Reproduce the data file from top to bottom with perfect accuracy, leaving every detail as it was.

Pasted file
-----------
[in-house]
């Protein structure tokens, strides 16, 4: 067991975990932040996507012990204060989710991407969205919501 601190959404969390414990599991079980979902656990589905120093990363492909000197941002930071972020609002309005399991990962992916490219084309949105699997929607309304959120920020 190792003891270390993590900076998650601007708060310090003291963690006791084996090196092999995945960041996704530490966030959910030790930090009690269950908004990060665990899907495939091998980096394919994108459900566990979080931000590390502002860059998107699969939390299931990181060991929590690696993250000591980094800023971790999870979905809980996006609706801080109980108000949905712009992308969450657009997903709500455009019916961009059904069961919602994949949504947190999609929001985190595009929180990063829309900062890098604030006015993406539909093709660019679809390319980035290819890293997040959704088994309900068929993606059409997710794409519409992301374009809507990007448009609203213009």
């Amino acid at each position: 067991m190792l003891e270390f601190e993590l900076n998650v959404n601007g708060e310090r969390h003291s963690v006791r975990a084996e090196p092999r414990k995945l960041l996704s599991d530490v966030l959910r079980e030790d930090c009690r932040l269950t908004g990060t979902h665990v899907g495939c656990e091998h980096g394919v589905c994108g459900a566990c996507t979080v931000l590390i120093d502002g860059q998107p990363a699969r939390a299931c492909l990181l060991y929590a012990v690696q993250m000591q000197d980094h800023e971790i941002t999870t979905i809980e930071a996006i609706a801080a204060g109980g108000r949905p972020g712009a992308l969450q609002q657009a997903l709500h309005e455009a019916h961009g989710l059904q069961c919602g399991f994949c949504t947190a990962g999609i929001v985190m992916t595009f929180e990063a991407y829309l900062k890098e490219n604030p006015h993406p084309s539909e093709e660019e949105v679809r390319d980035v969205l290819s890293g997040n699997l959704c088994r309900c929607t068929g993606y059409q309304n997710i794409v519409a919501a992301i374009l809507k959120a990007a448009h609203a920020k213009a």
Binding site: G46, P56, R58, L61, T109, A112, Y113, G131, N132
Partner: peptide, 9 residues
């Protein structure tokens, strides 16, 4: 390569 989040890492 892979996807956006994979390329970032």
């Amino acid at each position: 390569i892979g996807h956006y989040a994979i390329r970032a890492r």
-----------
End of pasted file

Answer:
[in-house]
């Protein structure tokens, strides 16, 4: 067991975990932040996507012990204060989710991407969205919501 601190959404969390414990599991079980979902656990589905120093990363492909000197941002930071972020609002309005399991990962992916490219084309949105699997929607309304959120920020 190792003891270390993590900076998650601007708060310090003291963690006791084996090196092999995945960041996704530490966030959910030790930090009690269950908004990060665990899907495939091998980096394919994108459900566990979080931000590390502002860059998107699969939390299931990181060991929590690696993250000591980094800023971790999870979905809980996006609706801080109980108000949905712009992308969450657009997903709500455009019916961009059904069961919602994949949504947190999609929001985190595009929180990063829309900062890098604030006015993406539909093709660019679809390319980035290819890293997040959704088994309900068929993606059409997710794409519409992301374009809507990007448009609203213009």
């Amino acid at each position: 067991m190792l003891e270390f601190e993590l900076n998650v959404n601007g708060e310090r969390h003291s963690v006791r975990a084996e090196p092999r414990k995945l960041l996704s599991d530490v966030l959910r079980e030790d930090c009690r932040l269950t908004g990060t979902h665990v899907g495939c656990e091998h980096g394919v589905c994108g459900a566990c996507t979080v931000l590390i120093d502002g860059q998107p990363a699969r939390a299931c492909l990181l060991y929590a012990v690696q993250m000591q000197d980094h800023e971790i941002t999870t979905i809980e930071a996006i609706a801080a204060g109980g108000r949905p972020g712009a992308l969450q609002q657009a997903l709500h309005e455009a019916h961009g989710l059904q069961c919602g399991f994949c949504t947190a990962g999609i929001v985190m992916t595009f929180e990063a991407y829309l900062k890098e490219n604030p006015h993406p084309s539909e093709e660019e949105v679809r390319d980035v969205l290819s890293g997040n699997l959704c088994r309900c929607t068929g993606y059409q309304n997710i794409v519409a919501a992301i374009l809507k959120a990007a448009h609203a920020k213009a």
Binding site: G46, P56, R58, L61, T109, A112, Y113, G131, N132
Partner: peptide, 9 residues
């Protein structure tokens, strides 16, 4: 390569 989040890492 892979996807956006994979390329970032």
């Amino acid at each position: 390569i892979g996807h956006y989040a994979i390329r970032a890492r």